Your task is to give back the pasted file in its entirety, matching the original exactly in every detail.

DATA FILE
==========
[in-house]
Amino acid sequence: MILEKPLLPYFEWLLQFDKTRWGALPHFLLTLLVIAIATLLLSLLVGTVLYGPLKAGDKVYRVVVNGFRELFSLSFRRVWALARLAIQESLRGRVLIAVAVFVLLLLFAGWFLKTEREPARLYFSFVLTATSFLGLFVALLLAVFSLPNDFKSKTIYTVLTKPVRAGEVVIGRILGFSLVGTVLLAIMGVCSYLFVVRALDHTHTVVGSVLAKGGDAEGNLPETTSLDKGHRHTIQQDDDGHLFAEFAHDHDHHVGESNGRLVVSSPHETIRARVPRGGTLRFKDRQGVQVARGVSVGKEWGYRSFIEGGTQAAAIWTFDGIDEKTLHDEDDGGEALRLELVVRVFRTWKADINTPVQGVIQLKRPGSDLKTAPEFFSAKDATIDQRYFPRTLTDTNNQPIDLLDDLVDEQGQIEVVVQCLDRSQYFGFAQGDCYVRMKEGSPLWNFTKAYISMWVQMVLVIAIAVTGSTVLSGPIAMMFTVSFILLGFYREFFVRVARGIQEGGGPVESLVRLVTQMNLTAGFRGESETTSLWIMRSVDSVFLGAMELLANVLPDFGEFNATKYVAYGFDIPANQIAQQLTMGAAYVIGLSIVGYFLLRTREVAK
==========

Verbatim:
[in-house]
Amino acid sequence: MILEKPLLPYFEWLLQFDKTRWGALPHFLLTLLVIAIATLLLSLLVGTVLYGPLKAGDKVYRVVVNGFRELFSLSFRRVWALARLAIQESLRGRVLIAVAVFVLLLLFAGWFLKTEREPARLYFSFVLTATSFLGLFVALLLAVFSLPNDFKSKTIYTVLTKPVRAGEVVIGRILGFSLVGTVLLAIMGVCSYLFVVRALDHTHTVVGSVLAKGGDAEGNLPETTSLDKGHRHTIQQDDDGHLFAEFAHDHDHHVGESNGRLVVSSPHETIRARVPRGGTLRFKDRQGVQVARGVSVGKEWGYRSFIEGGTQAAAIWTFDGIDEKTLHDEDDGGEALRLELVVRVFRTWKADINTPVQGVIQLKRPGSDLKTAPEFFSAKDATIDQRYFPRTLTDTNNQPIDLLDDLVDEQGQIEVVVQCLDRSQYFGFAQGDCYVRMKEGSPLWNFTKAYISMWVQMVLVIAIAVTGSTVLSGPIAMMFTVSFILLGFYREFFVRVARGIQEGGGPVESLVRLVTQMNLTAGFRGESETTSLWIMRSVDSVFLGAMELLANVLPDFGEFNATKYVAYGFDIPANQIAQQLTMGAAYVIGLSIVGYFLLRTREVAK